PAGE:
Life goes on in Russia, regardless of the economy, the government, and the weather... just as it does in America. It’s comforting to consider daily challenges (big and small) and how Russians and Americans meet them. Even something trivial such as roof ladders can tell a lot!
I know, there are roof ladders found everywhere. But I bet they vary according to national temperament as much anything else. Here it’s typical to build your own, without much attention to what-if safety.
Come walk around the village and enjoy some observations about an arcane subject! To me, the geometric design that results from roof ladders can be photographically appealing. Take a look at the ways people build these crawlers.
You can tell a lot about someone by looking at his roof. Seems this man has a fascination with electronics. I have never seen a roof done with shingles in Russia.
Arkady, in his mid 80s, (across from our back lot) does all his own work, and is a fantastic gardener. He spent time on his roof last year. Notice he has the narrow part of the ladder down.
A well constructed ladder..but look at the small hooks holding it in place... just below.
They have a beautiful cottage, surrounded with trees.
This roof ladder is a faded memory, never used now. The old man died years ago, and now just his two nieces, also from Petersburg, live here in the summers.
Yuri (who just had a well dug) has a one-vertical-piece ladder. Photo below shows what might keep the ladder you are on from slipping off the roof. The ladder’s wooden back hook is built arching over the vulnerable top peak.
Looks like someone has been up on Valentine’s roof recently. The roof ladder has elevated cross pieces which will help you have a good toe hold.
This seems a typical handyman ladder held with over-the-peak metal hooks. Looks too short and shaky for comfort! I bet this ladder hasn’t been climbed in 20 years.
You could scamper up this roof, but watch the ladder or roof doesn’t give way! This is the original house on the property where a new log house was built last year, just below.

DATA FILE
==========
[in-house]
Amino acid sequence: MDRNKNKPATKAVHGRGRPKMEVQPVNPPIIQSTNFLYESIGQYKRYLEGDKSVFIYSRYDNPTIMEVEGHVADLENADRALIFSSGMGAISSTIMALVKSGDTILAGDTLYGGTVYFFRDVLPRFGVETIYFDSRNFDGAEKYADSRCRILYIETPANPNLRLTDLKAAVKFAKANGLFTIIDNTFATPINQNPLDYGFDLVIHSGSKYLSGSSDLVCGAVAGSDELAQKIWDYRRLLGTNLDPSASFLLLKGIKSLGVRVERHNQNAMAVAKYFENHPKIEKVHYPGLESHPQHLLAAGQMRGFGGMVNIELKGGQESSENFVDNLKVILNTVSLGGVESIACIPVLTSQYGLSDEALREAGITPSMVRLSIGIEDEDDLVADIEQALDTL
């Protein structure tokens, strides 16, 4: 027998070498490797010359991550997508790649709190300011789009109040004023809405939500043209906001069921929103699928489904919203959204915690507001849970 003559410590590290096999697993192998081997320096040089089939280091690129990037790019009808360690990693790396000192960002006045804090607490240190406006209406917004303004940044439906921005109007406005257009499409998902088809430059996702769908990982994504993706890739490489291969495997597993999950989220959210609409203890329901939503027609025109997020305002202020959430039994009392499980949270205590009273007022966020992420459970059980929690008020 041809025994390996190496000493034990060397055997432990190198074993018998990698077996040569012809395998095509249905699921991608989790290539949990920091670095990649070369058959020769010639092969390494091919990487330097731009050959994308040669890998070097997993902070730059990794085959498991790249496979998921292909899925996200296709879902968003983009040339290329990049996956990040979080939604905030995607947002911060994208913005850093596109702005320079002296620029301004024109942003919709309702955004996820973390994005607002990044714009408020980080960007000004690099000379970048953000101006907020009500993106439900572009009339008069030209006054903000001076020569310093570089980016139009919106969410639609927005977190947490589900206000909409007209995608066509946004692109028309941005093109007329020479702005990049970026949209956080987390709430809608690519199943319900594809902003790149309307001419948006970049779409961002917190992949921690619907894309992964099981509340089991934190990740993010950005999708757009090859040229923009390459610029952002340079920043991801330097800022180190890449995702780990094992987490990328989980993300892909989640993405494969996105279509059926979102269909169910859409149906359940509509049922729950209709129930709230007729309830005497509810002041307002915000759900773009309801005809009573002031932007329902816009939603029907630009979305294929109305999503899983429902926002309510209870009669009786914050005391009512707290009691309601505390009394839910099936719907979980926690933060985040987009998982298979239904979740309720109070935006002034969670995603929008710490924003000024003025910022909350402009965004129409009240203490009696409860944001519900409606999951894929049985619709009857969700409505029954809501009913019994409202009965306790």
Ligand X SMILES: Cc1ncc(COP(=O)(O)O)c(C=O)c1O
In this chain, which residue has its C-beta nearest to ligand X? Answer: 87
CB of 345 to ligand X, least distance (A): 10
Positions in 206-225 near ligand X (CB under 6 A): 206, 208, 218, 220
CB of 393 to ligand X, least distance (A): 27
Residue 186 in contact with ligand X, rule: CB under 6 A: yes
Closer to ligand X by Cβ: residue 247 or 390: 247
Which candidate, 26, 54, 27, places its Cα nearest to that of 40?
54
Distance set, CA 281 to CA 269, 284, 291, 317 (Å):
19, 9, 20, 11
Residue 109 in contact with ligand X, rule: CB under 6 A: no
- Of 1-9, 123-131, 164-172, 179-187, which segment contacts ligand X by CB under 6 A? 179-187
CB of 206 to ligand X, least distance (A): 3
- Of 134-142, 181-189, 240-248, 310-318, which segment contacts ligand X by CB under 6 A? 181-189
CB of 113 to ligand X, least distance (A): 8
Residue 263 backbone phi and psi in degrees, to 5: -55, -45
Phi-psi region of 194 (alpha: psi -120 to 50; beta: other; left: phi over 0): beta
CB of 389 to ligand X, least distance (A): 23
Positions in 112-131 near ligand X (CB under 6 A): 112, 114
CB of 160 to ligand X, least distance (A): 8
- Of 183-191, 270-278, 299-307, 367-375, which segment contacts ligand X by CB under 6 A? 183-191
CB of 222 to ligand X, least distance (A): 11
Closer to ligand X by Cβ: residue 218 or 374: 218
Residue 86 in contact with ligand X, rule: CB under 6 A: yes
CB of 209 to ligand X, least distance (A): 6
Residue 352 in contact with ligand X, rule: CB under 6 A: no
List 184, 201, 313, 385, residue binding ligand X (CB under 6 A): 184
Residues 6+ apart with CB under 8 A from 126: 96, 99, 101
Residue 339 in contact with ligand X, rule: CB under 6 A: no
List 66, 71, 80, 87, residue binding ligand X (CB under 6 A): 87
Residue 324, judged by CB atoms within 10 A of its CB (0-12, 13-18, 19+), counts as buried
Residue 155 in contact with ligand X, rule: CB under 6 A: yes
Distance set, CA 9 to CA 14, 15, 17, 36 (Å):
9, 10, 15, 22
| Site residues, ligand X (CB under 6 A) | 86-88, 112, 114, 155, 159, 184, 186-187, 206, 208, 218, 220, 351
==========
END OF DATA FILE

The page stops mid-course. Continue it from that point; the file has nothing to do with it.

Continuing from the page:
Even the newest house in the village has a roof ladder. A noble sign of work in progress! The roof has yet to be finished.
Alexei and Gala, across the street from us, have the newest roof ladder in the village, built by their son-in-law. I’m pretty sure it has extra nails and good joints. I’d climb it if asked!
Luda has a simple ladder with what looks like store bought hooks.
A few safety reminders for the casual roofer...
If you buy a clamp-on metal hook, use it according to this article... Roof Hooks [hotlink], Painting Your House.
It’s an excellent idea to tie it to an opposing tree to keep it from creeping off. The hook should not be on the ridge tile, but should rest on the other side of the roof beyond it.
A roof ladder keeps from sliding by surface friction and the strength of the opposing roof over the ridge top. If the roof is rotten, that’s bad luck and a big danger. Someone pointed out on a forum that the crawler is to keep you from slipping, not to stop you once the unwanted journey starts!
Handymen and carpenters in Russia often refuse to wear work shoes, masks, eye goggles, as they feel they are sissified. Consequently people wear sandals, old track shoes, or whatever when climbing trees or doing roof work. If someone is injured there is no practical legal recourse for the worker, and the employer doesn’t worry much about liability.
Here’s a gift to you from Ray Bradbury... “The Leave-Taking”, Saturday Evening Post, May 25, 1957. Included in The Stories of Ray Bradbury. Publisher, Alfred A. Knopf, 1981, New York. Also published as “Goodbye, Grandma”. The complete short-short story [hotlink]
“Grandma, who'll shingle the roof next spring?” Every April for as far back as there were calendars, you thought you heard woodpeckers tapping the housetop. But no, it was Great-grandma, somehow transported, singing, pounding nails, replacing shingles, high in the sky!
“Douglas,” she whispered, “Don't ever let anyone do the shingles unless it’s fun for them.” “Yes'm.”
“Look around come April, and say, ‘Who'd like to fix the roof?’ And whichever face lights up is the face you want, Douglas. Because up there on that roof you can see the whole town going toward the country and the country going toward the edge of the earth and the river shining, and the morning lake, and birds on the trees down under you, and the best of the wind all around above. Any one of those should be enough to make a person climb a weather vane some spring sunrise. It's a powerful hour, if you give it half a chance...”
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